Pamukkale and Hierapolis
Pamukkale is a region abundant with thermal water sources believed to have healing effects. With this characteristic, it has always attracted attention, and people have settled in Pamukkale and its surroundings to benefit more from it. Pamukkale has transformed from an ancient pagan cult site to a spa center in modern times.
The white terraces are formed by the flow of thermal water, averaging 35°C and containing calcium bicarbonate at a rate of 250 liters per second. The region has 17 thermal water sources, with temperatures ranging from 33 to 100 degrees Celsius. Pamukkale derives its name from the resemblance of these formations, approximately 14,000 years old, to piles of cotton when viewed from a distance.
It is suggested that Hierapolis, which became part of the Pergamon kingdom and later came under the dominion of the Roman Empire, is a Phrygian city intertwined with Pamukkale. Until the major earthquake in 60 A.D., it maintained its original texture adhering to Hellenistic urbanization principles. However, it suffered significant damage from the earthquake during the reign of Nero and was completely rebuilt. Subsequently, the city appeared Roman, losing its Hellenistic character. Hierapolis became an important center during the Byzantine period as well. Anatolia's largest ancient cemetery is the region's northern necropolis, with more than 2000 tombs. In addition to empty sarcophagi and some tumuli, large tombs containing several bodies attract the most attention. Most of these tombs belong to Christians, and it is thought that at least one prominent Christian basilica existed in Hierapolis. Many devout Christians wanted to be buried as close as possible to where Apostle Philip was martyred in the 1st century A.D. A particular society maintained the cemetery gardens, which took on the duty of placing wreaths on the tombs on special occasions.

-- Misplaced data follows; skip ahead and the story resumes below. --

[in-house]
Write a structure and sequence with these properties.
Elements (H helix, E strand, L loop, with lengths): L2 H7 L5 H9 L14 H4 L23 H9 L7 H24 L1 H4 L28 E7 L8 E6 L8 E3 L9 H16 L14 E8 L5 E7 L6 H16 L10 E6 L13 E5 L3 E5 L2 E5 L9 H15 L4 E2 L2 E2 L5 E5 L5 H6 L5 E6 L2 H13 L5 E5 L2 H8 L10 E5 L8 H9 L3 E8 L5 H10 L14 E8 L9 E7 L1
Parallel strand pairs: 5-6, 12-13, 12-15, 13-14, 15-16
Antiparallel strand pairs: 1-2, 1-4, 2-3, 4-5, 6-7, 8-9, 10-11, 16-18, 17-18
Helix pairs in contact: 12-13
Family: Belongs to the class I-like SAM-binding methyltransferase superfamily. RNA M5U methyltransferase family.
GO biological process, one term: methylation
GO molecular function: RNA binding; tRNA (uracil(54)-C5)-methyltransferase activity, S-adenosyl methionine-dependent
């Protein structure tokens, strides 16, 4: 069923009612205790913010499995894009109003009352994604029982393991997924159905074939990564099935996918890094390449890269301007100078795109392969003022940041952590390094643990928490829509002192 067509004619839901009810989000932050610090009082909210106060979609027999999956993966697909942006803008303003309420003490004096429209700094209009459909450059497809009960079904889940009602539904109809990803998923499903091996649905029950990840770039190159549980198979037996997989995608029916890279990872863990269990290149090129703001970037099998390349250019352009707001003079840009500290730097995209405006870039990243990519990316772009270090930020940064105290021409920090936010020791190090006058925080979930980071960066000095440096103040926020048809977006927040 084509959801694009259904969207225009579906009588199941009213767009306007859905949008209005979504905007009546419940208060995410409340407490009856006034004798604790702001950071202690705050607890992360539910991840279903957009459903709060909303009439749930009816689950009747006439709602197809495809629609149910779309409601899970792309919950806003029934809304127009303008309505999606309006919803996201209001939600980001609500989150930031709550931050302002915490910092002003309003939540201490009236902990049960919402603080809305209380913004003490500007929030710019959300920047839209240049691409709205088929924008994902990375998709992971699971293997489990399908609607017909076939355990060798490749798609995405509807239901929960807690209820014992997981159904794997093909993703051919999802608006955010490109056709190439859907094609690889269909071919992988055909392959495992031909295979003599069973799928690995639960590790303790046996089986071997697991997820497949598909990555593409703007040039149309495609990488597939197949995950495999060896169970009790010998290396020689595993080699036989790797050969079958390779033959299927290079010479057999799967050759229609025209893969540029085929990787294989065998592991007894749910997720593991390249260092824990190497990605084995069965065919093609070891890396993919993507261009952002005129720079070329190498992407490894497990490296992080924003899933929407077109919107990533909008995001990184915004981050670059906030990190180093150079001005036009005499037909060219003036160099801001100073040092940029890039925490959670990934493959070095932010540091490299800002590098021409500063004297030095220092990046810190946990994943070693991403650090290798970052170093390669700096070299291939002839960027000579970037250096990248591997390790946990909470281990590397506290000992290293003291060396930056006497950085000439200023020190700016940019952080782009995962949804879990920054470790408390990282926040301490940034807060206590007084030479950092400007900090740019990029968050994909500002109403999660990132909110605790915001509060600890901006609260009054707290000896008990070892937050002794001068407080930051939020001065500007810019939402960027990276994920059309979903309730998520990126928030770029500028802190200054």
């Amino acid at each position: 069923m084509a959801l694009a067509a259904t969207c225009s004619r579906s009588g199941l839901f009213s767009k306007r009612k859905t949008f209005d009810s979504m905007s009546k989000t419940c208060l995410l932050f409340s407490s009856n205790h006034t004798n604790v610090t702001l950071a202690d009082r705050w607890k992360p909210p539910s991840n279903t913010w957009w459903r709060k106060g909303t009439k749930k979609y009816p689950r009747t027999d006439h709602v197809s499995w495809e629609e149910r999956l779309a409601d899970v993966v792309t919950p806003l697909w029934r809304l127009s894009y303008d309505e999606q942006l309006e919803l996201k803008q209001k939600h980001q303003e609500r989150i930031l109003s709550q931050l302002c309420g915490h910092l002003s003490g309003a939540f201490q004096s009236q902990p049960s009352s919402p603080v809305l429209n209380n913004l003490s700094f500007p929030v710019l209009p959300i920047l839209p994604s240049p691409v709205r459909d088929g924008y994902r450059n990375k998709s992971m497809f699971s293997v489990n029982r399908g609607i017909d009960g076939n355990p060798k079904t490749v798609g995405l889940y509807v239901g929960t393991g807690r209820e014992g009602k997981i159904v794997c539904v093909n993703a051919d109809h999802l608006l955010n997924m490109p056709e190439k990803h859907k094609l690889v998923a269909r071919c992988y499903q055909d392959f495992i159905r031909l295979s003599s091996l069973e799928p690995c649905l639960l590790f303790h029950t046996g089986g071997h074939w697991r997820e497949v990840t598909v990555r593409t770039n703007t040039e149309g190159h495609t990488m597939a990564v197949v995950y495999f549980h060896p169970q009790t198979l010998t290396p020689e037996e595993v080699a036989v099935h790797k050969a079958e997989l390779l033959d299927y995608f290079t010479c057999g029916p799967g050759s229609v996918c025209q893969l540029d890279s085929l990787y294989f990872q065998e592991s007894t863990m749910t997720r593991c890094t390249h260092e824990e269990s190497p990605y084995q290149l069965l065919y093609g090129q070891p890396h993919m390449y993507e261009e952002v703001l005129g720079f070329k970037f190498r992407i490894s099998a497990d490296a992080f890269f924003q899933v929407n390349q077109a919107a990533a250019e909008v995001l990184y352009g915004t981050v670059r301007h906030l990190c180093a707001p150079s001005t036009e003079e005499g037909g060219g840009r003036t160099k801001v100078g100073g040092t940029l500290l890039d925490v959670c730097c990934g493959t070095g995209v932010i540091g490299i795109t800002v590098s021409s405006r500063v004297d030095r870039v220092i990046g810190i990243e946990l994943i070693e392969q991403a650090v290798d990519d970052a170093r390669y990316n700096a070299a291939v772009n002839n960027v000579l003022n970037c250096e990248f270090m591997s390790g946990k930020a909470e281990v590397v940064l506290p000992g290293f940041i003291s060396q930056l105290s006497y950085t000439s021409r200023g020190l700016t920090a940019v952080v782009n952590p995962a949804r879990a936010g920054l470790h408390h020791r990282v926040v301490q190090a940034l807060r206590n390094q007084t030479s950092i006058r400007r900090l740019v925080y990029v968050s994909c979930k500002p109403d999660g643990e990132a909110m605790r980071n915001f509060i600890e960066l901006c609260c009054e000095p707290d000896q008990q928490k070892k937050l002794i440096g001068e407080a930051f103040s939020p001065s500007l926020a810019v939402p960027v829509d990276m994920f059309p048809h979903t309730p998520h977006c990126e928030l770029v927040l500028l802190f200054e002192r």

After the northern necropolis, the Roman bath, built in the 2nd or 3rd century A.D., was probably converted into a basilica during the early Christian period, around the 5th century A.D.
The city has a main street approximately 1 km long and 14 m wide. This street divides the settlement from one end to the other. On both sides of the street are stores, warehouses, shops, and public buildings. The road is adorned with monumental gates at both ends, and a closed sewer system runs through the middle with stone blocks covering it. A small church is on the left side of the Frontinus Gate. Immediately after this small Byzantine church, there is a well-preserved structure with a Doric order, which was later identified as a latrine.
The extensive Roman bath, dating back to the 2nd century A.D., currently serves as a miniature museum where the surrounding archaeological objects are exhibited.
On the high plateau where Hierapolis was founded, there was a hole known that poisonous gasses emanated from this hole, and people of that time called it "Plutonium." This place is the temple of the God of the Dead, Pluto (Hades). The entrance to the Plutonium is on the right side of the temple, and the door is emphasized with a niche decorated with seashell motifs. Above the entrance, there is a round aedicula.
The theater, with a seating capacity of approximately 20,000, believed to have been restored in the 3rd century A.D., allows water shows to be performed with modifications made in the 4th century A.D. in the orchestra section.
The high and lion-footed progeria seating rows are believed to have been reserved for influential individuals, maybe even Emperor Caracalla. The Cavea combines with the magnificent stage building to form a single structure. Only the ground floor of the stage building has survived to the present day. This structure is adorned with spiral columns, composite capitals, and a marble cornice. The niches with seashell-shaped means contain decorations such as peacocks, predatory animals with serpent bodies, and crowns.
Hierapolis was included in the UNESCO World Heritage List in 1988.